The present invention utilizes a sapphire (Al2 O3) substrate base upon which is grown an array of ultraviolet light emitting diodes. The sapphire substrate is sputtered with aluminum nitride (AlN) at the points at which the diodes are to be grown. The sputtered substrate is then placed in contact with an aluminum nitride (AlN) source in an atomosphere containing a combination of hydrogen, H2 and nitrogen, N2. The aluminum nitride layers are grown in this environment when heat is applied.

These and other advantages, objects and features of the invention will become more apparent from the following description taken in connection with the illustrative embodiment in the accompanying drawings.


FIG. 1 is schematic diagram of the diode-forming apparatus in accordance with the present invention,

FIG. 2 is an isometric view of an ultraviolet light emitting diode array, and,

FIG. 3 is a graphical representation of the diode light output with respect to wavelength.


Referring now to FIG. 1, there is shown a diode-forming apparatus for fabricating an ultraviolet light emitting diode array on a sapphire substrate base. A sapphire (Al2 O3) substrate 10 is sputtered with a thin layer (0.2 to 2 mils) of aluminum nitride (AlN), 12 prior to being placed in the diode-forming apparatus. The sapphire base 10 with the aluminum nitride 12 sputtered thereon is placed with the aluminum nitride side facing down onto a sintered aluminum nitride source 14. The tungsten heater 16 has a cavity therein formed to accommodate the sintered aluminum nitride source 14. The tungsten heater 16 is connected to a 110 VAC power source 18. The sapphire substrate 10 is covered with a thin tungsten reflector 20 which is also covered with an insulating material 22, such as carbon felt or some other suitable insulating material.

Prior to the application of power to the tungsten heater 16, the entire apparatus and elements are placed in an enclosed chamber 24 with a controlled environment. The inside of the chamber 24 is filled with a gas atmosphere of hydrogen, H2 and nitrogen, N2. The ratio between the gases is maintained at 90% hydrogen and 10% nitrogen during the entire process of growing the aluminum nitride layers on the sapphire base. Power is applied to the tungsten heater 16 to raise the temperature within the chamber 24 to 1800 C. During this heating process, material from the aluminum nitride source 14 is transferred to the sputtered aluminum nitride 12 to form layers of aluminum nitride on the sapphire base 10 which is conductive at room temperature when electrically excited. The ultraviolet light emitting diodes are formed by alloying small aluminum dots near each other on the pyrolytically grown aluminum nitride layers. In the present process, with care being taken in slowly heating and cooling the elements, the growth does not tend to crack due to differences in thermal coefficients of expansion as in the case of tungsten substrates. Should crack occur, it tends to be in the sapphire rather than the aluminum nitride. The use of sapphire is also compatible with other technologies such as silicon or sapphire and offers the possibility of making arrays of small closely spaced sources, such as would be useful in printing and display applications.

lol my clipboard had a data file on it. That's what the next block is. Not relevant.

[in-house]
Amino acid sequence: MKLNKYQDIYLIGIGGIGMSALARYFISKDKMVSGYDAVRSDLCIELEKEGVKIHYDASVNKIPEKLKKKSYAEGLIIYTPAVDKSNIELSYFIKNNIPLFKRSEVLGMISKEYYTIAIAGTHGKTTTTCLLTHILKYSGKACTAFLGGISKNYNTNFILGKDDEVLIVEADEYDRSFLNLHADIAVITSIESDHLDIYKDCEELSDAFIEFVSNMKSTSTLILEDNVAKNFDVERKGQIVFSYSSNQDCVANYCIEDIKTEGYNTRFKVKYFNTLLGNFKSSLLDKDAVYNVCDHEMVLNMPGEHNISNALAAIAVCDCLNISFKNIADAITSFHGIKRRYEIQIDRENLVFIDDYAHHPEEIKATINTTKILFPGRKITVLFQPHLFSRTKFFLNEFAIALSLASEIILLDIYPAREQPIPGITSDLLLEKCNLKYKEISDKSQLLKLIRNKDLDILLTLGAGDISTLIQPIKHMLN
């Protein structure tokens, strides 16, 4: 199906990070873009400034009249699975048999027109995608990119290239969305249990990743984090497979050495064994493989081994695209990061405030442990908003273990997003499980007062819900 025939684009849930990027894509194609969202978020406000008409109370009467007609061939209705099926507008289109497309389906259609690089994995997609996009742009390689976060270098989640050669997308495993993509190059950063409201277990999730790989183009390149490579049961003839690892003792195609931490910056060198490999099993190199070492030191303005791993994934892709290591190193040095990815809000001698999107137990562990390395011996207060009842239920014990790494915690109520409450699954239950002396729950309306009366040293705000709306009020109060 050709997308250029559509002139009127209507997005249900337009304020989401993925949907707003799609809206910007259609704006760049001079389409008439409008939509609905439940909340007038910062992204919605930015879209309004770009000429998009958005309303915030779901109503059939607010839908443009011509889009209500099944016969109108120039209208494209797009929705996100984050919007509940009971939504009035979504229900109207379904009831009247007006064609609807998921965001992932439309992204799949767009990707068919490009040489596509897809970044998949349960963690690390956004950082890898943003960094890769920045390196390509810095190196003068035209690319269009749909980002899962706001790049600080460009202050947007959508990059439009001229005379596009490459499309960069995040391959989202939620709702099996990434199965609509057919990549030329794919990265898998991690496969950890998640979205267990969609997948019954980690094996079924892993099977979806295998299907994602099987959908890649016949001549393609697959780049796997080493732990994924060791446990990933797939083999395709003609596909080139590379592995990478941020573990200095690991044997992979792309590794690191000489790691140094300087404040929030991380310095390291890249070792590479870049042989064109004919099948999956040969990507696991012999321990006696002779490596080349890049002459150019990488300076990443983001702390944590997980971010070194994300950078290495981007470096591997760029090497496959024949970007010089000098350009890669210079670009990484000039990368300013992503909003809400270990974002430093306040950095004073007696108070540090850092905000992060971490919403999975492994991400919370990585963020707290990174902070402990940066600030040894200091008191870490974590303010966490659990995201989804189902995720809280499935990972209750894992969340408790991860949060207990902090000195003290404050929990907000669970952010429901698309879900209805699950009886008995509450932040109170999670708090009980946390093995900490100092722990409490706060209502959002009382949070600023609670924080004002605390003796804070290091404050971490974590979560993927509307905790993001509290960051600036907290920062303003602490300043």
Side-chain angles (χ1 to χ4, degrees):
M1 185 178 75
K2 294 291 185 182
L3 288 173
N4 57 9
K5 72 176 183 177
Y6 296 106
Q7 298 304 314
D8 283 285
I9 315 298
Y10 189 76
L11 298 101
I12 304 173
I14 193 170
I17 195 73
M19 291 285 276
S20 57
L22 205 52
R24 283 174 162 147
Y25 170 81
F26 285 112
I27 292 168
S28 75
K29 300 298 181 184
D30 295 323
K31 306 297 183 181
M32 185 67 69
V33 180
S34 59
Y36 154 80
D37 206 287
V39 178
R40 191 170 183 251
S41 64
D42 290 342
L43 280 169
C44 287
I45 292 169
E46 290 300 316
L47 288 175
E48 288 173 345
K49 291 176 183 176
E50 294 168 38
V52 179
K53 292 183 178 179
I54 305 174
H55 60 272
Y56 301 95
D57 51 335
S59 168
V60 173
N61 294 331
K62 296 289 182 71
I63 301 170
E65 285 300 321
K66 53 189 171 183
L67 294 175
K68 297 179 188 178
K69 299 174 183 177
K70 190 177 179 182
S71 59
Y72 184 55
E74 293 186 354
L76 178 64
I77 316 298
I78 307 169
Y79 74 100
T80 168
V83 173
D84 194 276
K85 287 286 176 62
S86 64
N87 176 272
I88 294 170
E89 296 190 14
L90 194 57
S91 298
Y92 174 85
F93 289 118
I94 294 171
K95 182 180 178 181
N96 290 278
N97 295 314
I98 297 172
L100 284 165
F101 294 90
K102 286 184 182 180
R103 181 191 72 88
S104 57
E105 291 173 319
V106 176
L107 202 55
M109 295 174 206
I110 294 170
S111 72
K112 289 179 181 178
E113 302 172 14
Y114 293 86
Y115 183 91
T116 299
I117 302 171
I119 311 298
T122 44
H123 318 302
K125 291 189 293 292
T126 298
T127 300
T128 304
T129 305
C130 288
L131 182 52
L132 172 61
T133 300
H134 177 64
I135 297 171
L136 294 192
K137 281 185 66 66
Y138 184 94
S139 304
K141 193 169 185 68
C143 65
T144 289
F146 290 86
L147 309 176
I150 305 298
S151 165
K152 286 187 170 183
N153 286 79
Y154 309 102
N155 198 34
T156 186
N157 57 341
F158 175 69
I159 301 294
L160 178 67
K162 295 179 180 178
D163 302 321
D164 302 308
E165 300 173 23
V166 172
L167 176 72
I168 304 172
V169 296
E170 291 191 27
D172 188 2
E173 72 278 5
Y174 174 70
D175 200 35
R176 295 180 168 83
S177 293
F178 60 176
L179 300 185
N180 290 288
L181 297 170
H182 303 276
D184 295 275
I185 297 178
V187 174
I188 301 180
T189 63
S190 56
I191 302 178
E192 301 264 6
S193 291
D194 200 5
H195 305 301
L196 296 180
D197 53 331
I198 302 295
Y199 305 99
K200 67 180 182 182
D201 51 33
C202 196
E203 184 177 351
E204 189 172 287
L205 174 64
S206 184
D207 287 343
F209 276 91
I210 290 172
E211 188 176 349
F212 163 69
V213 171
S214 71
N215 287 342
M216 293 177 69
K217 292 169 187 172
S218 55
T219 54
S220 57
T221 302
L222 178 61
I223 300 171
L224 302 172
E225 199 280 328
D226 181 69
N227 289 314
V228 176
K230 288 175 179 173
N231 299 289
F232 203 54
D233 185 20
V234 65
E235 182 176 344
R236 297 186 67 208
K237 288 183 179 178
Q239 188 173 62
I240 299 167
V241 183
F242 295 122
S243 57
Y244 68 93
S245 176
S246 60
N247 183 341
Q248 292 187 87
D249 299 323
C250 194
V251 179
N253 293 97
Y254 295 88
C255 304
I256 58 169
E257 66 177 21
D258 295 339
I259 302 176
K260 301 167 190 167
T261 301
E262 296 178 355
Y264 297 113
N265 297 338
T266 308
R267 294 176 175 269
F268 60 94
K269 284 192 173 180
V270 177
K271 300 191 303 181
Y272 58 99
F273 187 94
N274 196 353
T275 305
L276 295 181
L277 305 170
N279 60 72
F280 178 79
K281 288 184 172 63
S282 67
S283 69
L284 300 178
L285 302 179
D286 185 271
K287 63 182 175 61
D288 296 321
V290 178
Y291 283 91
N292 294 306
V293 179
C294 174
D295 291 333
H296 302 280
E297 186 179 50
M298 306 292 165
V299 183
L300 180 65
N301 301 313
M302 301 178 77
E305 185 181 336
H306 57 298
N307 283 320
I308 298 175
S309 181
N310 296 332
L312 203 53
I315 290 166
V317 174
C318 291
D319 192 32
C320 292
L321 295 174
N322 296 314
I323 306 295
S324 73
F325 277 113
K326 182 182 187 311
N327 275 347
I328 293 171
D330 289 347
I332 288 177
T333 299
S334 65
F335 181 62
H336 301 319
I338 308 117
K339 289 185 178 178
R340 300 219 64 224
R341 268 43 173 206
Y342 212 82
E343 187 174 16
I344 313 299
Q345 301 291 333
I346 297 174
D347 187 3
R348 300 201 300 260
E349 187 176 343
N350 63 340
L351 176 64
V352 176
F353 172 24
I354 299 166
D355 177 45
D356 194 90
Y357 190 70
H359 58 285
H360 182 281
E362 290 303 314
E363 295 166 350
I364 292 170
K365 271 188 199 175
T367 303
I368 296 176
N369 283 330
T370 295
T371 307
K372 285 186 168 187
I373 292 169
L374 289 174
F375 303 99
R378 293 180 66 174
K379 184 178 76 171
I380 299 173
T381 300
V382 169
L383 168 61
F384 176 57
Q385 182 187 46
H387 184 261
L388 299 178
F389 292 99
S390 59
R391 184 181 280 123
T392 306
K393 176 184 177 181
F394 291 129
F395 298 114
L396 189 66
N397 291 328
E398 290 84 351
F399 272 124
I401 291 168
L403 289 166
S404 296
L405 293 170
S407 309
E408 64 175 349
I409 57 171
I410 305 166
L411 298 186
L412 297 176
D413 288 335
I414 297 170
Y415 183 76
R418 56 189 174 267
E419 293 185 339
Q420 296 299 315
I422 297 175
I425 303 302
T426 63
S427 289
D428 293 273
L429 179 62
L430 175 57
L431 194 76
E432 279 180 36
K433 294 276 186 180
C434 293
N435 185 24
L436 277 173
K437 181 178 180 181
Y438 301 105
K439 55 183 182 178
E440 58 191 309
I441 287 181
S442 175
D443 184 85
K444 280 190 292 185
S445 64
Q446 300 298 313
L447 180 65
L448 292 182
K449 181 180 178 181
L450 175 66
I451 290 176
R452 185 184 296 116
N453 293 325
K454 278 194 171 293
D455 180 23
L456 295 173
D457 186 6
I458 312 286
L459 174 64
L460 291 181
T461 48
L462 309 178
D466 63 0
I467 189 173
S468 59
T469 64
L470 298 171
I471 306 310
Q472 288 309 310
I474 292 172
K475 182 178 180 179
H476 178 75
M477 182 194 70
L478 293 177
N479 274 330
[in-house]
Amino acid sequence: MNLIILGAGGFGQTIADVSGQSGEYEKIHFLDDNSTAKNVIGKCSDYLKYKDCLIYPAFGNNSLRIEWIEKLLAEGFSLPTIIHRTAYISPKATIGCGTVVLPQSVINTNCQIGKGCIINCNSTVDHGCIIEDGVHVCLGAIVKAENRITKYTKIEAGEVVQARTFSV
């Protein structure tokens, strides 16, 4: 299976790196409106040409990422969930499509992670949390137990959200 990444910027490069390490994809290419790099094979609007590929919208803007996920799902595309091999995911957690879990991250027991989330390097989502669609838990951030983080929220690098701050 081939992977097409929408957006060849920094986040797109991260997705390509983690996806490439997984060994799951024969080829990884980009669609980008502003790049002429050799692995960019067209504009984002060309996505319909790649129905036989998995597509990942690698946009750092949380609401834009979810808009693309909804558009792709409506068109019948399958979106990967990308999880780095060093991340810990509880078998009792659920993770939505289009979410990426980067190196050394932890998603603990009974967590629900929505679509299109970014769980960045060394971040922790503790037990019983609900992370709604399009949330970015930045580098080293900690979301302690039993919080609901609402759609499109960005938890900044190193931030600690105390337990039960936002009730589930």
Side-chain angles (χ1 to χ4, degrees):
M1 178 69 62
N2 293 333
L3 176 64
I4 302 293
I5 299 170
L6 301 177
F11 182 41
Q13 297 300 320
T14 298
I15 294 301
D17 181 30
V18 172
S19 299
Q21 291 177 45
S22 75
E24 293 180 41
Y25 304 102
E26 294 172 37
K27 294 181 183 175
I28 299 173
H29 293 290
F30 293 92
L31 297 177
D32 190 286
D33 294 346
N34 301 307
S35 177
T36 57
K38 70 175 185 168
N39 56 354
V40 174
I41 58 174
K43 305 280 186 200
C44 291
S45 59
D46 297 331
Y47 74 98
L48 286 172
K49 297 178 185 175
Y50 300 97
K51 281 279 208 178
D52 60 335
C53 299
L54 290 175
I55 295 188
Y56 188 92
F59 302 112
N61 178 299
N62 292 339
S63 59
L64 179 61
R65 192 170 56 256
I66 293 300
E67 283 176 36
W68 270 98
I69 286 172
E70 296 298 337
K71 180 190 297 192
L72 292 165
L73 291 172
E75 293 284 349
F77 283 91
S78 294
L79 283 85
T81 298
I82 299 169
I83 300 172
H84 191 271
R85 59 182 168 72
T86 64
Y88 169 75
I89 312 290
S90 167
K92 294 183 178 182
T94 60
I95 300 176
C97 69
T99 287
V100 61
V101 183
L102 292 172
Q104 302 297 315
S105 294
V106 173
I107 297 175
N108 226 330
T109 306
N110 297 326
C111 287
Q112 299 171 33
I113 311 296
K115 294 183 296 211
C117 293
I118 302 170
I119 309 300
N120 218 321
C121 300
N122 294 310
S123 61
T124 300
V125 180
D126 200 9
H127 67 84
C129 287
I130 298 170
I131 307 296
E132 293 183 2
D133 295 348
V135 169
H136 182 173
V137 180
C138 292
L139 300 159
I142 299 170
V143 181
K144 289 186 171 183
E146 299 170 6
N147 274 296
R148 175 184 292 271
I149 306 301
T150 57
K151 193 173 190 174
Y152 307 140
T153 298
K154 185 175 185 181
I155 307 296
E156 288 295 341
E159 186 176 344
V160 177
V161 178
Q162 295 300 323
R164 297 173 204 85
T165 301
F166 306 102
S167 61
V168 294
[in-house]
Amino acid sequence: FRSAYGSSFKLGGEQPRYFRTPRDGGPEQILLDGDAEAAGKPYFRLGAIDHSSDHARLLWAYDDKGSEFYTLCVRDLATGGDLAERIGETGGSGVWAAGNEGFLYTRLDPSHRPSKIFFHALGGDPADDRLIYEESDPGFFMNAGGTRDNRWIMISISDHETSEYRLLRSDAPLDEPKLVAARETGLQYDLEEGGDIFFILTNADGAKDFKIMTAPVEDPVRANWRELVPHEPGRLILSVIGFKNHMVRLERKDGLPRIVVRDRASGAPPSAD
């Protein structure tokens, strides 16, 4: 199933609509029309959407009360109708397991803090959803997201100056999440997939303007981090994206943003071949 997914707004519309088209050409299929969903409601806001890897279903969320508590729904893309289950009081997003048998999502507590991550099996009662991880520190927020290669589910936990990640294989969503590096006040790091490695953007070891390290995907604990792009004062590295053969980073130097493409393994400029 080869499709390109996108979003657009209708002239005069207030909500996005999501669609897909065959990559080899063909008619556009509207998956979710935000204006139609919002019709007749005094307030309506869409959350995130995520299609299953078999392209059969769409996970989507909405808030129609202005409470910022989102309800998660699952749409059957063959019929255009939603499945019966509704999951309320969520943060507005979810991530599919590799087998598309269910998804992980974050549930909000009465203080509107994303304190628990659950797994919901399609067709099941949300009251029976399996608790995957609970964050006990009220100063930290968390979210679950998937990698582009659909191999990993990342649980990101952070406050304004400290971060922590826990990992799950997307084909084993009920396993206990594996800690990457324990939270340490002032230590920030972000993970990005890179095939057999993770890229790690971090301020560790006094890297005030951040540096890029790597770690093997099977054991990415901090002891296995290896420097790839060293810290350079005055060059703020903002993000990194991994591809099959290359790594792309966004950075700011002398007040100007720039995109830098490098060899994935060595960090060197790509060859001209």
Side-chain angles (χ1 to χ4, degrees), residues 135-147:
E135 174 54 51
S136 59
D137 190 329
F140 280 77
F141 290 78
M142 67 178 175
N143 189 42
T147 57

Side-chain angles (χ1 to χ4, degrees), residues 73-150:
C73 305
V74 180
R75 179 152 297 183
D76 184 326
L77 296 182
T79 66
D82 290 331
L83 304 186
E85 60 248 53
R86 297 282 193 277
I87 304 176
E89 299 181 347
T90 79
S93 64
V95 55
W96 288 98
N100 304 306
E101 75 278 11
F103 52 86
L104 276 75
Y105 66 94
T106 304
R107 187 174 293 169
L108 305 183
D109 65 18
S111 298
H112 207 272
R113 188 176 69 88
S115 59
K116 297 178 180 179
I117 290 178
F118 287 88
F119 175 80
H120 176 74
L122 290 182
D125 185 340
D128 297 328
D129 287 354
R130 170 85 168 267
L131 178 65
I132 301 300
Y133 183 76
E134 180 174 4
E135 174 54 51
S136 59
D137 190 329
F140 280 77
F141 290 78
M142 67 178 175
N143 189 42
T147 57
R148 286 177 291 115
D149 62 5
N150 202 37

Turning now to FIG. 2, there is shown an ultraviolet light emitting diode array connected to a D.C. voltage source 30. The ultraviolet light emitting diode array comprises a sapphire substrate 32, an area of sputtered aluminum nitride 34, a layer of vapor-grown aluminum nitride 36, and a plurality of alloyed aluminum data 38. The adjacent dots are connected to the D.C. voltage source 30 and light 40 is emitted most brightly from the vicinity of the negatively poled contact. The sapphire substrate 32 is quite transparent to the radiation. Other metals may be used for the positive contact, such as titanium or silicon or chromium.

In FIG. 3 there is shown a graphical representation of the radiation which is emitted from the present ultraviolet light emitting diode array. The light spectrum of a typical ultraviolet light emitting diode array has a peak light output of apporximately 3500A and extends to 2200A in the ultraviolet region. Thus, it may be seen that an array of diodes which have thus been constructed, have the capability of emitting ultraviolet radiation.

Although the invention has been described with reference to a particular embodiment, it will be understood to those skilled in the art that the invention is capable of a variety of alternative embodiments within the spirit and scope of the appended claims.

Patent Citations
Cited PatentFiling datePublication dateApplicantTitle
US3291657 *Aug 9, 1963Dec 13, 1966Siemens AgEpitaxial method of producing semiconductor members using a support having varyingly doped surface areas